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Authors include evidence in a text to develop and support their ideas. Citing evidence can help you to uncover what the author is trying to convey and can support or reinforce your own ideas about a text. Whether you are analyzing the meaning of words or phrases, identifying the author’s purpose, justifying arguments or answering questions about information in a text, being able to cite evidence will give you a deeper understanding of what you are reading.

Explore the slideshow below to learn how to cite evidence to support analysis of texts.

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Citing Textual Evidence

flowchart with idea at top and two back and forth arrows pointing to evidence  from idea

Citing evidence is an important component in analyzing a text. Evidence includes facts, examples, quotations and descriptions that provide support for the ideas in a text. Citing evidence to support your ideas about a text will help you answer the question, “How do you know?” To look for evidence, begin by reading the text. You should notice one or more ideas that the author is describing.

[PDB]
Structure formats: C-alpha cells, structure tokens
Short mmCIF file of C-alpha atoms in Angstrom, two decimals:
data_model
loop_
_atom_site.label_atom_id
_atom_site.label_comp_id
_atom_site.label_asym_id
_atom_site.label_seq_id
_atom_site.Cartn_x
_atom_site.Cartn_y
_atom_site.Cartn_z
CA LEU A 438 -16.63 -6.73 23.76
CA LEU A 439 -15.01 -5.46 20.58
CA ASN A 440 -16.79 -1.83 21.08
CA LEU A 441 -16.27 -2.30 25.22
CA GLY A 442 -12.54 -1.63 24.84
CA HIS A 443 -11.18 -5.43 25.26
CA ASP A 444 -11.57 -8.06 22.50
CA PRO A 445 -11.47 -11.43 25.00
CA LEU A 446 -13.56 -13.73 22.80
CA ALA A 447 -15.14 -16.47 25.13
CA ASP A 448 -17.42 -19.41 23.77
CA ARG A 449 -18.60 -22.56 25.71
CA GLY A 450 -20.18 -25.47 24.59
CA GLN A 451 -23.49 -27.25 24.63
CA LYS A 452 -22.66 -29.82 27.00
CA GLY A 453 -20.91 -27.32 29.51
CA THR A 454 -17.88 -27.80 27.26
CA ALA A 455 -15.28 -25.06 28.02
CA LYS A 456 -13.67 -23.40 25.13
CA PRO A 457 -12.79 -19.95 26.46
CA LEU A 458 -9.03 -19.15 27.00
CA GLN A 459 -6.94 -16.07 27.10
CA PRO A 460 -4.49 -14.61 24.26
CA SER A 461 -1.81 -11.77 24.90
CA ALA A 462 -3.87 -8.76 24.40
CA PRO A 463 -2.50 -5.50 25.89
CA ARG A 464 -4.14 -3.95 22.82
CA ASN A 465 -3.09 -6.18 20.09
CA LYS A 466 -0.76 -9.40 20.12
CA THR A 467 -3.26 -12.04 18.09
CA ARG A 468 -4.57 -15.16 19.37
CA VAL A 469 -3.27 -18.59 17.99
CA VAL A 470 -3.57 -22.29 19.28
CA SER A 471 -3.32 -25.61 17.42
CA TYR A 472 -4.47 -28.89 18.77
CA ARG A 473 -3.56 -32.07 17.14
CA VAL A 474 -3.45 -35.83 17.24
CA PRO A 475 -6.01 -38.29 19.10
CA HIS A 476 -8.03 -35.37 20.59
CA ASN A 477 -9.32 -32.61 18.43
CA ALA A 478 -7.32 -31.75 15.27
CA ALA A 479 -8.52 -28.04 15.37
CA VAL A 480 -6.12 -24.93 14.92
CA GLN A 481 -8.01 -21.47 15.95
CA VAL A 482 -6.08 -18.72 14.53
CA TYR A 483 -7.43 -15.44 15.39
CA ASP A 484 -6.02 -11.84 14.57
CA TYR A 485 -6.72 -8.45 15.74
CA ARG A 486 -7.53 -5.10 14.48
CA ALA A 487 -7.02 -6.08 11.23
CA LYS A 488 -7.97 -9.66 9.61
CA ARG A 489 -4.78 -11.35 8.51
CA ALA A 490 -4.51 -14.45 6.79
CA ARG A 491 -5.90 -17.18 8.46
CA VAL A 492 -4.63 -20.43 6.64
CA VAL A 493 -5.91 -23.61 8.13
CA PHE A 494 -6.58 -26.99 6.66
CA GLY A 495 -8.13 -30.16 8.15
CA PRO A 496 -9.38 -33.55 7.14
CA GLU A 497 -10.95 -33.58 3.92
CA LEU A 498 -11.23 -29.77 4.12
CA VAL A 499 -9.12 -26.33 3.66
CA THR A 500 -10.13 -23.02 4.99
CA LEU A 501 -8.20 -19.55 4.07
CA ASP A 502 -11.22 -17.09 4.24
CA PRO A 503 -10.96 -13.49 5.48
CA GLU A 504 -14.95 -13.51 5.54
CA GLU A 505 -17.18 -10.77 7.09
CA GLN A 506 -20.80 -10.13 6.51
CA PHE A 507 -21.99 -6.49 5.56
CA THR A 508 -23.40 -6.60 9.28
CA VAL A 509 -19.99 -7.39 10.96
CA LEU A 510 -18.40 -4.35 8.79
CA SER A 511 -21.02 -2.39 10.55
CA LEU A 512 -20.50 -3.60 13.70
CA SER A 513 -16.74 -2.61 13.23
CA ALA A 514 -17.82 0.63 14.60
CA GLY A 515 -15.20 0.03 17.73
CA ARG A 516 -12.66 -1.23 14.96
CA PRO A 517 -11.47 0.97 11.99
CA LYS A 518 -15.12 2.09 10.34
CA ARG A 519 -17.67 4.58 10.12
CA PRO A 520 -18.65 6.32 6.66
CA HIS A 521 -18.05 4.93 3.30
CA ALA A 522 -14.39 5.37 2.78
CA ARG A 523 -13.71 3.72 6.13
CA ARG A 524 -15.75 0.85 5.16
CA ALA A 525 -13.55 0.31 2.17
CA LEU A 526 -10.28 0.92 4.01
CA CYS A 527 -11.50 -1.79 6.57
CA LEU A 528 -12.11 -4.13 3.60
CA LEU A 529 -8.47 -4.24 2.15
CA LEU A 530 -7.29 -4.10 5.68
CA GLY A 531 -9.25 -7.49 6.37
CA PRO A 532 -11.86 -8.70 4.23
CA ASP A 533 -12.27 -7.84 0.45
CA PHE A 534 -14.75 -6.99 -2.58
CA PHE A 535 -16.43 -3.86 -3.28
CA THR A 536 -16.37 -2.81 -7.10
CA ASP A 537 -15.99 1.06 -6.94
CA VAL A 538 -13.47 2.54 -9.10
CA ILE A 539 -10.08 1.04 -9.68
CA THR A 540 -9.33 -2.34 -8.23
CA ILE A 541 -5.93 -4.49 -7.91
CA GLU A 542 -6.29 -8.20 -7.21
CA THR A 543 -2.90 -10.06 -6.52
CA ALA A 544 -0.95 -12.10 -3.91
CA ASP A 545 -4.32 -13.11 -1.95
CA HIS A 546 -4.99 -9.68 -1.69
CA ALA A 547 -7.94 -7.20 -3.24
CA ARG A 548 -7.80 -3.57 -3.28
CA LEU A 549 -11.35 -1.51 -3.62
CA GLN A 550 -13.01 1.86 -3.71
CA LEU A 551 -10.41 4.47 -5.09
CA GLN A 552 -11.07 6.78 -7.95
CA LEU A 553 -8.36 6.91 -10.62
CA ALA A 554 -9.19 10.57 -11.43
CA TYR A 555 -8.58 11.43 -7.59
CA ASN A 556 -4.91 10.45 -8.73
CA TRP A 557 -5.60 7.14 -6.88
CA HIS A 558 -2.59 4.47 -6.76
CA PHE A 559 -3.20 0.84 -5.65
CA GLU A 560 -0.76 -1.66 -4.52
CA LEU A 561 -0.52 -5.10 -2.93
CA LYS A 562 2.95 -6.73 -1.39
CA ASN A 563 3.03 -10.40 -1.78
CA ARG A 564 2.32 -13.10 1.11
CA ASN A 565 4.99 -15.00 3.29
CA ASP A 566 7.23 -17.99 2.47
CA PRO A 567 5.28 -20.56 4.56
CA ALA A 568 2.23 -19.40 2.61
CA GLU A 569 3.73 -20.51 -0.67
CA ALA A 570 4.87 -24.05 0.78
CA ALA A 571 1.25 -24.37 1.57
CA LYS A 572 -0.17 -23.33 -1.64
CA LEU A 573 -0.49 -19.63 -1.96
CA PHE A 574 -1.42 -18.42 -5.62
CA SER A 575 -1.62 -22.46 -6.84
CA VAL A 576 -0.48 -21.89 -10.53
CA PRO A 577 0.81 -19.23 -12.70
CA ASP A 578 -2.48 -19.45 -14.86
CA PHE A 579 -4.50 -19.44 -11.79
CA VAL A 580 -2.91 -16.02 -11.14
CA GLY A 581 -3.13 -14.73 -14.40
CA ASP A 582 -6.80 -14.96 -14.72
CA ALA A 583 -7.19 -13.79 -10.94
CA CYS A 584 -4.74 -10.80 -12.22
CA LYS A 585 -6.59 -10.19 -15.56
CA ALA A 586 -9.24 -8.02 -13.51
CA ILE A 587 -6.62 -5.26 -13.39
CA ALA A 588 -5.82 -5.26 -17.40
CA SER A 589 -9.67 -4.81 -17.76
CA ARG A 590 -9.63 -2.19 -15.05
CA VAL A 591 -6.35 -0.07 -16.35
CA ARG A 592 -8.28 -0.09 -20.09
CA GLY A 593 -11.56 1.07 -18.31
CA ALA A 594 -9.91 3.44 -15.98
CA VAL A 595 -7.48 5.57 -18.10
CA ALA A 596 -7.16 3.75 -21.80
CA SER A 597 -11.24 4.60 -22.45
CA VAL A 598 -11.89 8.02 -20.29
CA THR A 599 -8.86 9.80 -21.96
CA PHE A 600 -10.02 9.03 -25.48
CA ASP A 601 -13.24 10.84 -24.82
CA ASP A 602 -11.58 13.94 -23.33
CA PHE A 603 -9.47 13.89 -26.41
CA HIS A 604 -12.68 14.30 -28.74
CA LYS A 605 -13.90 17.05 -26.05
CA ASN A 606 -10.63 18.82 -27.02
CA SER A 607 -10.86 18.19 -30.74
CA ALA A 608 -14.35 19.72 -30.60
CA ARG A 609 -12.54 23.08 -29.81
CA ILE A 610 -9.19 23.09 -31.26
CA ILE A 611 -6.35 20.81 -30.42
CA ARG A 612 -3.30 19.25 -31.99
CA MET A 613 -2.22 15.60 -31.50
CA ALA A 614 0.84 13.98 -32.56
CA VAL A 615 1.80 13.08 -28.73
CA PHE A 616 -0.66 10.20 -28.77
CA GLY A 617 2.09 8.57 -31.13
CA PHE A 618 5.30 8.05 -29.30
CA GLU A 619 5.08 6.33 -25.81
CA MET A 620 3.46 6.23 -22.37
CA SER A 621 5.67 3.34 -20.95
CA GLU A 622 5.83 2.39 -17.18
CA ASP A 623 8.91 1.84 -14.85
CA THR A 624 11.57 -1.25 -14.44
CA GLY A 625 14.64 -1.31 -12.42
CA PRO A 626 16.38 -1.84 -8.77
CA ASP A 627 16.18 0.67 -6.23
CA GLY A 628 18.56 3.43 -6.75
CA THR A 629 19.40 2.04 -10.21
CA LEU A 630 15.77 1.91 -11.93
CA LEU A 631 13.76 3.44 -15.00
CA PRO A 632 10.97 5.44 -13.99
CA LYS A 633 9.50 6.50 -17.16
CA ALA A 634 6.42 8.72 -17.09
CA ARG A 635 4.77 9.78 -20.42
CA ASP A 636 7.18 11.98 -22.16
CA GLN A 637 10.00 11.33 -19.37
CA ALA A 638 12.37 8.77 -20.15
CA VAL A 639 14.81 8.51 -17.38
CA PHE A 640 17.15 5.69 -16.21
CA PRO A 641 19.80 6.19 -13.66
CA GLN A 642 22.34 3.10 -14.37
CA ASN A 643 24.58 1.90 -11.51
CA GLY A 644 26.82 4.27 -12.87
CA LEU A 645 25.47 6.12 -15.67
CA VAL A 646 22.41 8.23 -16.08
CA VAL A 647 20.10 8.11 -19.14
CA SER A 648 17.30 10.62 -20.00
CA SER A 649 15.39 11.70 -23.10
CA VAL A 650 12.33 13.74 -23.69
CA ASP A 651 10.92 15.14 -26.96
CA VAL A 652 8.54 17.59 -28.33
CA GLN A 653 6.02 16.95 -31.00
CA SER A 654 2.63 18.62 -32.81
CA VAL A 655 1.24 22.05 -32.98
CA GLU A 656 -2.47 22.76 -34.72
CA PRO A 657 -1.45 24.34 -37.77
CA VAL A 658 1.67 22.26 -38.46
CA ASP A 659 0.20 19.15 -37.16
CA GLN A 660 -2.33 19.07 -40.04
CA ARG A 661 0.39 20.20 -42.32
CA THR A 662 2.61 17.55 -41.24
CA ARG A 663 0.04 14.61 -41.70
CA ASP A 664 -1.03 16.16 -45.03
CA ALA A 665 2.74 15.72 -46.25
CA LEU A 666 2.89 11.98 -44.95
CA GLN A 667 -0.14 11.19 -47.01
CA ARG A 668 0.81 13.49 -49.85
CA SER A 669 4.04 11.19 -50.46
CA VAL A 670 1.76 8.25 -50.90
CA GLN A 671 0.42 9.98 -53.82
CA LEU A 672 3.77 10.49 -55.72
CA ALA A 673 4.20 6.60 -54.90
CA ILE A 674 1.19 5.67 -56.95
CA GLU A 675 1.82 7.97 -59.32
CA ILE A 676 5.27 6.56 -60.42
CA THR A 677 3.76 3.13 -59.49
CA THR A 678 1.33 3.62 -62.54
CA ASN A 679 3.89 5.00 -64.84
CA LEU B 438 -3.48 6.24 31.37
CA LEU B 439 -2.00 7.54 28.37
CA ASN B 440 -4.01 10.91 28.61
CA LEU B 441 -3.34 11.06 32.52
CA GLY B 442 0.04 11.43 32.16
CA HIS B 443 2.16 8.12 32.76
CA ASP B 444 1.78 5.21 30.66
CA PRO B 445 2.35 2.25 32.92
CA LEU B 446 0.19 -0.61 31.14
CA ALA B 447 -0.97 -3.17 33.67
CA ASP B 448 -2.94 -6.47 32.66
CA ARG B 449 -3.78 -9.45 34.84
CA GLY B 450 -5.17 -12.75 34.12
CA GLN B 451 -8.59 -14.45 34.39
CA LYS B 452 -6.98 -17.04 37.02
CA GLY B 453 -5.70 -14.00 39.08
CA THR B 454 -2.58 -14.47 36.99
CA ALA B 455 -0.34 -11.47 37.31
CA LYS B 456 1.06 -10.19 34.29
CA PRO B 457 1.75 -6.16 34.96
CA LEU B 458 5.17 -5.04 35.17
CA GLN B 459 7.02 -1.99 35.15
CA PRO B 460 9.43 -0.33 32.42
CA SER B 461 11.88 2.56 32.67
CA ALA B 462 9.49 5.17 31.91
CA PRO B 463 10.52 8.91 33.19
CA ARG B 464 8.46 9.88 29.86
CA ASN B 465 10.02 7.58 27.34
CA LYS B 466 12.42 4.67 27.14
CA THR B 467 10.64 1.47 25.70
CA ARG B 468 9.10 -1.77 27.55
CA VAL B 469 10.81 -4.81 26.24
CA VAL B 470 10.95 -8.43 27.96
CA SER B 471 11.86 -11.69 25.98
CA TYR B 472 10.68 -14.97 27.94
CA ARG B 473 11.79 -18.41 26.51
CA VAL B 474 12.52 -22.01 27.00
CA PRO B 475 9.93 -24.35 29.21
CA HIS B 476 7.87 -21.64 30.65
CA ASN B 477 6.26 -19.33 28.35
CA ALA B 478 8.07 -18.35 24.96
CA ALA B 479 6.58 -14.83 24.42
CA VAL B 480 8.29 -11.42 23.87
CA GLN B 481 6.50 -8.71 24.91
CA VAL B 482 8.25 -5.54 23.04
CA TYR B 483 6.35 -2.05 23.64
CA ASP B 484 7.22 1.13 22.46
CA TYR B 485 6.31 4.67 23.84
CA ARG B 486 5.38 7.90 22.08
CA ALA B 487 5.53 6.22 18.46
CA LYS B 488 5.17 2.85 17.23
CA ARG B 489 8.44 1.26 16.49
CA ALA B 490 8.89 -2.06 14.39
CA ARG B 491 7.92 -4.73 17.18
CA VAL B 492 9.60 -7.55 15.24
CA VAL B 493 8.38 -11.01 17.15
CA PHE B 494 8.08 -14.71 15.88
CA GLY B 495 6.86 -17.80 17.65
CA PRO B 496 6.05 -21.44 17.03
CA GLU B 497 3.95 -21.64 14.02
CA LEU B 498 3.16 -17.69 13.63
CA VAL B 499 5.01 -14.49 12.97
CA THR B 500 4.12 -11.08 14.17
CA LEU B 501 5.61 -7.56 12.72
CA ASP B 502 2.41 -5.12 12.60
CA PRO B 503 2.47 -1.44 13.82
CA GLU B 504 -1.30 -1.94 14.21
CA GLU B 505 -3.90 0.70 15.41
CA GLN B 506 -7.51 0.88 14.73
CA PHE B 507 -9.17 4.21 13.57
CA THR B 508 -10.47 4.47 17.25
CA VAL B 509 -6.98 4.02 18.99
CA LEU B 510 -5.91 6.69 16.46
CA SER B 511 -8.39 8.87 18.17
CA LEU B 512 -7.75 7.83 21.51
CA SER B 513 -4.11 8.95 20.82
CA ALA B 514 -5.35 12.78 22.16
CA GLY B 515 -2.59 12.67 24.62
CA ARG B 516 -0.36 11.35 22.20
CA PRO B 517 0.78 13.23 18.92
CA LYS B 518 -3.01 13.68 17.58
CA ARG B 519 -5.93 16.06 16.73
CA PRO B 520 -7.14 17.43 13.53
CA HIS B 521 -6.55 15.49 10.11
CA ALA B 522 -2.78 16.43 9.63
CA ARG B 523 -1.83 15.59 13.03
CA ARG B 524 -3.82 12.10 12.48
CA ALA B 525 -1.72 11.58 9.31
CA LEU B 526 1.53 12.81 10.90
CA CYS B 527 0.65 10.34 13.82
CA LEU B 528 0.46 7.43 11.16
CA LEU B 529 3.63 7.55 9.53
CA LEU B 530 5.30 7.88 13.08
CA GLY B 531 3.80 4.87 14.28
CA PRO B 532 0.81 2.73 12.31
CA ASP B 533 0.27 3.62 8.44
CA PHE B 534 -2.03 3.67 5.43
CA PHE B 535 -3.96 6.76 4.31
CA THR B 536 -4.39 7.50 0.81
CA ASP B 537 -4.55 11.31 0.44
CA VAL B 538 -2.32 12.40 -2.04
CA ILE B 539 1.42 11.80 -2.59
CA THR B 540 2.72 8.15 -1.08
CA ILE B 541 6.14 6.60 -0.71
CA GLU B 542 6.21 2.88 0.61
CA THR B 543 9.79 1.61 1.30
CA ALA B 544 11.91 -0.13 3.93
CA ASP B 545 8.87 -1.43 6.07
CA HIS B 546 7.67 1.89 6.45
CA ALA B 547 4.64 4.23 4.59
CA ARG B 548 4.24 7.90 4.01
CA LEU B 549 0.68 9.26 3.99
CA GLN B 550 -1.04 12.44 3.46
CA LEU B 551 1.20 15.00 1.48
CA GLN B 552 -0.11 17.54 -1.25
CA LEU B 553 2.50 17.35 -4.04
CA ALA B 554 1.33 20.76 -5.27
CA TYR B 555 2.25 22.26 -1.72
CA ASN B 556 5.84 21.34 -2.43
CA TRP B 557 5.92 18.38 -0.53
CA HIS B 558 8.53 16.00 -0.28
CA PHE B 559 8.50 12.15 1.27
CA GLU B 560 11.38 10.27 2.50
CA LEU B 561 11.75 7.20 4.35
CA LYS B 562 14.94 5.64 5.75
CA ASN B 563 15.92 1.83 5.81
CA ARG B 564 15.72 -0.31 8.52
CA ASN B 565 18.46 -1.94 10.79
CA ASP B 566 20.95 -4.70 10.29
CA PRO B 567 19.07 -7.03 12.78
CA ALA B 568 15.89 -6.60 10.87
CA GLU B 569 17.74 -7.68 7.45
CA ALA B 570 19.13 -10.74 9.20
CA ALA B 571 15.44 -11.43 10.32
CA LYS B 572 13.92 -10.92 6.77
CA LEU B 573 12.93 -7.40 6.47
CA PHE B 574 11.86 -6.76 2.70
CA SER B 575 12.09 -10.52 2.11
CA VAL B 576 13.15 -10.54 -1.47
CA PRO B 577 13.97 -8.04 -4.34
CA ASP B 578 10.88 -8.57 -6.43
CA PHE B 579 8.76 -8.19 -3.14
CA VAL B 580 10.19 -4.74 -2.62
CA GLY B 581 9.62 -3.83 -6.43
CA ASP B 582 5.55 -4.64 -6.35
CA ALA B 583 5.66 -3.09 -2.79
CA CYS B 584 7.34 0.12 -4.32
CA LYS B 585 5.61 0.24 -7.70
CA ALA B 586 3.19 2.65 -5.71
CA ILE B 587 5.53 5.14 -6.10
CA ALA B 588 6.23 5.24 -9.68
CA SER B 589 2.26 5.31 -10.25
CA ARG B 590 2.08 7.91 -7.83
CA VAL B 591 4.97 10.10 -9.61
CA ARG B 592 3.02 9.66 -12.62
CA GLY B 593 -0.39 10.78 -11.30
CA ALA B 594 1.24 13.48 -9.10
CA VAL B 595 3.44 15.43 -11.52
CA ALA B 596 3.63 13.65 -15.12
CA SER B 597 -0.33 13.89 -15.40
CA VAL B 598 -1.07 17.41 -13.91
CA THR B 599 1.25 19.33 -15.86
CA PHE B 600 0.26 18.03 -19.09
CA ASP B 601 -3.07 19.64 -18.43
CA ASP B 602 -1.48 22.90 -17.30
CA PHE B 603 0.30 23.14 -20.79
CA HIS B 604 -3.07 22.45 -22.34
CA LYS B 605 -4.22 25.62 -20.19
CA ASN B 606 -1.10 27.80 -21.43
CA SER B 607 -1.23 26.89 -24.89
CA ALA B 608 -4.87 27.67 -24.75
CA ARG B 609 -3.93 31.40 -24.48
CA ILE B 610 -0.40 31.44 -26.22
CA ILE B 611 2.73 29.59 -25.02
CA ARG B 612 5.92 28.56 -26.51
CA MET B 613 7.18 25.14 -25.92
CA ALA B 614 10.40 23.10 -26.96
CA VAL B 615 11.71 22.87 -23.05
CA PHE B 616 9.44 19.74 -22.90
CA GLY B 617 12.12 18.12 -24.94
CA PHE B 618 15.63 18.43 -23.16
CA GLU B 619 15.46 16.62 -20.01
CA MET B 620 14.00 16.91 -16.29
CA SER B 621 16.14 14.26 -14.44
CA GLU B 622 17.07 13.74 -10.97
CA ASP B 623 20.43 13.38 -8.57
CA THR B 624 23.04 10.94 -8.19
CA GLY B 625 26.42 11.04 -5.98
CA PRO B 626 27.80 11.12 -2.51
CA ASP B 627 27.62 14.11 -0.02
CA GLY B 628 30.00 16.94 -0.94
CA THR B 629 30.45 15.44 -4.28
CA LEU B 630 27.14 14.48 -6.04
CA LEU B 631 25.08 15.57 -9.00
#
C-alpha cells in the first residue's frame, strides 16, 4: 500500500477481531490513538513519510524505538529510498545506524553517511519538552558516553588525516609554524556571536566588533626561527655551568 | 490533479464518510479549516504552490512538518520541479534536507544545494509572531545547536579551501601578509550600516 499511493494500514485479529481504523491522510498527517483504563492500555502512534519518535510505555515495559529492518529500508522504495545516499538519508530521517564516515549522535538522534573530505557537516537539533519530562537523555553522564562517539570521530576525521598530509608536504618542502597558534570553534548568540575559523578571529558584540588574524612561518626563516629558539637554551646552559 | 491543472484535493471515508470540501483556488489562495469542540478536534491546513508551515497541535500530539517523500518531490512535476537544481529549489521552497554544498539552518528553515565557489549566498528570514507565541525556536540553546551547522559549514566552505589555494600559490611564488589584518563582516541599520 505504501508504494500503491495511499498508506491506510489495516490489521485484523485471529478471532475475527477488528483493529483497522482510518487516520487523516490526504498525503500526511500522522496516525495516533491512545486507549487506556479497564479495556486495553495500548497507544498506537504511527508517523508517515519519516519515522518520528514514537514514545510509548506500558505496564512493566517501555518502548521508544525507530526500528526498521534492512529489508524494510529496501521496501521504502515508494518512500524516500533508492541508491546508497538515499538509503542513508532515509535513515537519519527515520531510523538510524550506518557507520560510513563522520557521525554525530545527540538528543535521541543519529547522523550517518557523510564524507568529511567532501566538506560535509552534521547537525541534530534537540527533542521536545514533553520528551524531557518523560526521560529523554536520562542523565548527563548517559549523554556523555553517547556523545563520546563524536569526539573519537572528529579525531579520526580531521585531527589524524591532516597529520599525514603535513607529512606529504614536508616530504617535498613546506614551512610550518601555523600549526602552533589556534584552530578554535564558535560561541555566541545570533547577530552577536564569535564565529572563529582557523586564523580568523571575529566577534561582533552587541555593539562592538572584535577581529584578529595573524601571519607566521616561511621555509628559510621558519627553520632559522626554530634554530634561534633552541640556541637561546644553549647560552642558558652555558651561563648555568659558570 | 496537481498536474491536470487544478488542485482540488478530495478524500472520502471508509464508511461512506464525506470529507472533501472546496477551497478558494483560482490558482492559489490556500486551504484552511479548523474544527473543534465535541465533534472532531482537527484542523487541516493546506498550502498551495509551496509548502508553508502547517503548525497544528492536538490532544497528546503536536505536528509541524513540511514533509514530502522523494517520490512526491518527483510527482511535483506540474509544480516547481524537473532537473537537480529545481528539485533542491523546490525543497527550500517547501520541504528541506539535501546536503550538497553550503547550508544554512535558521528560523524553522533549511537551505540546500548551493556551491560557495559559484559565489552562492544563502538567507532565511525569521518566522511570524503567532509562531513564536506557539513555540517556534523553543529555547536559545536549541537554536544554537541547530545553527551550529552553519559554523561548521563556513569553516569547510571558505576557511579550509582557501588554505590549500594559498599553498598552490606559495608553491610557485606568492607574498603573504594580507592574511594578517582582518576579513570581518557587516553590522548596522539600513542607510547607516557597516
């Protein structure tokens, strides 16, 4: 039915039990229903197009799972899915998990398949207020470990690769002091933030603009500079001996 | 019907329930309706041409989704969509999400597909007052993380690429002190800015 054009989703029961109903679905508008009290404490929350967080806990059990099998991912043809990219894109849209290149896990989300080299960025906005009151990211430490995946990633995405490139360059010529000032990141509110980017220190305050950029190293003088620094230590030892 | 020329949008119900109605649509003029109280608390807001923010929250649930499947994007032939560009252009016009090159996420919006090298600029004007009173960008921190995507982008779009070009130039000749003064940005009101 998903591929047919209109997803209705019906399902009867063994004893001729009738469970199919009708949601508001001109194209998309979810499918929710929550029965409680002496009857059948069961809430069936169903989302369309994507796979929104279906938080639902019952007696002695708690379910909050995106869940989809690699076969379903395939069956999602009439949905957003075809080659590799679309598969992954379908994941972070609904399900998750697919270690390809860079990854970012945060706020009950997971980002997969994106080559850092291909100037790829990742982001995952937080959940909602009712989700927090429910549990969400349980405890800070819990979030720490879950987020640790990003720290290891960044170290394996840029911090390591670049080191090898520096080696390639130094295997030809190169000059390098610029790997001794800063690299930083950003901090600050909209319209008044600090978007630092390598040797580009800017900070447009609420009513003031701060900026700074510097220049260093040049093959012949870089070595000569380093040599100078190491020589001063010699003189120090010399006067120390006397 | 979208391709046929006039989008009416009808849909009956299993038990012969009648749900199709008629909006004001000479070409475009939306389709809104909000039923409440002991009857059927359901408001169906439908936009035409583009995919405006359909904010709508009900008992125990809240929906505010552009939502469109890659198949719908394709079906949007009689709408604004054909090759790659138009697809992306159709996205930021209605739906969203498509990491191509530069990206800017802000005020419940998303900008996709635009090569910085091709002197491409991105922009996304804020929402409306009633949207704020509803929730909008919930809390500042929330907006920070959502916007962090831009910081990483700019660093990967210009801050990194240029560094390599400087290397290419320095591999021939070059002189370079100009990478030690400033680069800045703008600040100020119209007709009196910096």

highlighted text example labeled explicit and next to that is an image of text with a thought bubble above it, labeled inferred

Some ideas are explicit, or directly written in a text, while other ideas can be inferred based on what the text says.

image of flowchart with inference at the top and 'evidence' and 'prior knowledge' arrows pointing to it; an arrow also points between evidence and prior knowledge

Ideas that are inferred, or inferences, are not written in the text. You as the reader make inferences through the evidence that is presented and through prior knowledge that you may have about the topic. Connecting the evidence to any prior knowledge that you have about the topic may also help you make an inference about the text. You have to “read between the lines” to draw an inference, but textual evidence will lead you to that inferred idea.

sample of text in quotations highlighted from an article

Once you have determined the particular idea that you wish to support with evidence, you can cite evidence by using a direct quote from the text, or by paraphrasing. If you use a direct quote, you must use quotation marks. If you are paraphrasing, you can write your own statement that conveys the same idea that is written in the text.

flowchart with idea at top and two back and forth arrows pointing to evidence from idea; two faded evidence boxes appear without arrows

Authors include many details and statements in the development of a text. Not all statements will support a particular idea. Your job is to find the strongest evidence that conveys or supports a particular idea.